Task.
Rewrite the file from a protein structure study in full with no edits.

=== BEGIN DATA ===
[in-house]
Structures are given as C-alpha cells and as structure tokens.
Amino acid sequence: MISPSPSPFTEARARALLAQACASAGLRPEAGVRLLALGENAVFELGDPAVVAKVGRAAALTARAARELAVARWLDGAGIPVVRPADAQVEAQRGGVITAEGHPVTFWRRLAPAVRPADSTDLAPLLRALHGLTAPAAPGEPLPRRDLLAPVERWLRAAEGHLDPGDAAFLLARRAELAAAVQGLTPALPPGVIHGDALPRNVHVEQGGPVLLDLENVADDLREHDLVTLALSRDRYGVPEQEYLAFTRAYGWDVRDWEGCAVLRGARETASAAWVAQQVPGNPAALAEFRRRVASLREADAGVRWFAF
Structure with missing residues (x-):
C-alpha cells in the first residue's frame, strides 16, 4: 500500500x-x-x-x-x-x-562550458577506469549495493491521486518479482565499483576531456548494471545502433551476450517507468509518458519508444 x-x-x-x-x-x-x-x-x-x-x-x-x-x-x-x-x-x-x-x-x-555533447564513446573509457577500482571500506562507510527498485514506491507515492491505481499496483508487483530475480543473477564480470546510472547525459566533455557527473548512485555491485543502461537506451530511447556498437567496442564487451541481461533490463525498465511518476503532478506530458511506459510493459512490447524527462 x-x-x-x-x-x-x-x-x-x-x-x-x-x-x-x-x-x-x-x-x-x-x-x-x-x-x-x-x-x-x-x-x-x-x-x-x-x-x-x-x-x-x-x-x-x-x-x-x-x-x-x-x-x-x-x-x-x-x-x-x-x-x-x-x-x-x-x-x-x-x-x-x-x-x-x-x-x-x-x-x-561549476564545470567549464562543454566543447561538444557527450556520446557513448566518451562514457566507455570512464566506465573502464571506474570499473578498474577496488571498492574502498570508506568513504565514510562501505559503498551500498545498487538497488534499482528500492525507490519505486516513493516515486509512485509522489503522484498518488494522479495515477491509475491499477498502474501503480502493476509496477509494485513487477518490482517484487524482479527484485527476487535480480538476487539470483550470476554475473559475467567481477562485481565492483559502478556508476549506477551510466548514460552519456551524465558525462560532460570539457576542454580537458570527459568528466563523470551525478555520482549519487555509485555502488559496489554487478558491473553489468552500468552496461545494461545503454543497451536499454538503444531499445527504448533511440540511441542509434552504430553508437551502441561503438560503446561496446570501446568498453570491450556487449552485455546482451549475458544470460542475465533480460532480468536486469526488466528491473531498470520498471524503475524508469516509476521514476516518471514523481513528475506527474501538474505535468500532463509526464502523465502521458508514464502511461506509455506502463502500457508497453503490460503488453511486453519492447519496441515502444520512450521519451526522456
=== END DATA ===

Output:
[in-house]
Structures are given as C-alpha cells and as structure tokens.
Amino acid sequence: MISPSPSPFTEARARALLAQACASAGLRPEAGVRLLALGENAVFELGDPAVVAKVGRAAALTARAARELAVARWLDGAGIPVVRPADAQVEAQRGGVITAEGHPVTFWRRLAPAVRPADSTDLAPLLRALHGLTAPAAPGEPLPRRDLLAPVERWLRAAEGHLDPGDAAFLLARRAELAAAVQGLTPALPPGVIHGDALPRNVHVEQGGPVLLDLENVADDLREHDLVTLALSRDRYGVPEQEYLAFTRAYGWDVRDWEGCAVLRGARETASAAWVAQQVPGNPAALAEFRRRVASLREADAGVRWFAF
Structure with missing residues (x-):
C-alpha cells in the first residue's frame, strides 16, 4: 500500500x-x-x-x-x-x-562550458577506469549495493491521486518479482565499483576531456548494471545502433551476450517507468509518458519508444 x-x-x-x-x-x-x-x-x-x-x-x-x-x-x-x-x-x-x-x-x-555533447564513446573509457577500482571500506562507510527498485514506491507515492491505481499496483508487483530475480543473477564480470546510472547525459566533455557527473548512485555491485543502461537506451530511447556498437567496442564487451541481461533490463525498465511518476503532478506530458511506459510493459512490447524527462 x-x-x-x-x-x-x-x-x-x-x-x-x-x-x-x-x-x-x-x-x-x-x-x-x-x-x-x-x-x-x-x-x-x-x-x-x-x-x-x-x-x-x-x-x-x-x-x-x-x-x-x-x-x-x-x-x-x-x-x-x-x-x-x-x-x-x-x-x-x-x-x-x-x-x-x-x-x-x-x-x-561549476564545470567549464562543454566543447561538444557527450556520446557513448566518451562514457566507455570512464566506465573502464571506474570499473578498474577496488571498492574502498570508506568513504565514510562501505559503498551500498545498487538497488534499482528500492525507490519505486516513493516515486509512485509522489503522484498518488494522479495515477491509475491499477498502474501503480502493476509496477509494485513487477518490482517484487524482479527484485527476487535480480538476487539470483550470476554475473559475467567481477562485481565492483559502478556508476549506477551510466548514460552519456551524465558525462560532460570539457576542454580537458570527459568528466563523470551525478555520482549519487555509485555502488559496489554487478558491473553489468552500468552496461545494461545503454543497451536499454538503444531499445527504448533511440540511441542509434552504430553508437551502441561503438560503446561496446570501446568498453570491450556487449552485455546482451549475458544470460542475465533480460532480468536486469526488466528491473531498470520498471524503475524508469516509476521514476516518471514523481513528475506527474501538474505535468500532463509526464502523465502521458508514464502511461506509455506502463502500457508497453503490460503488453511486453519492447519496441515502444520512450521519451526522456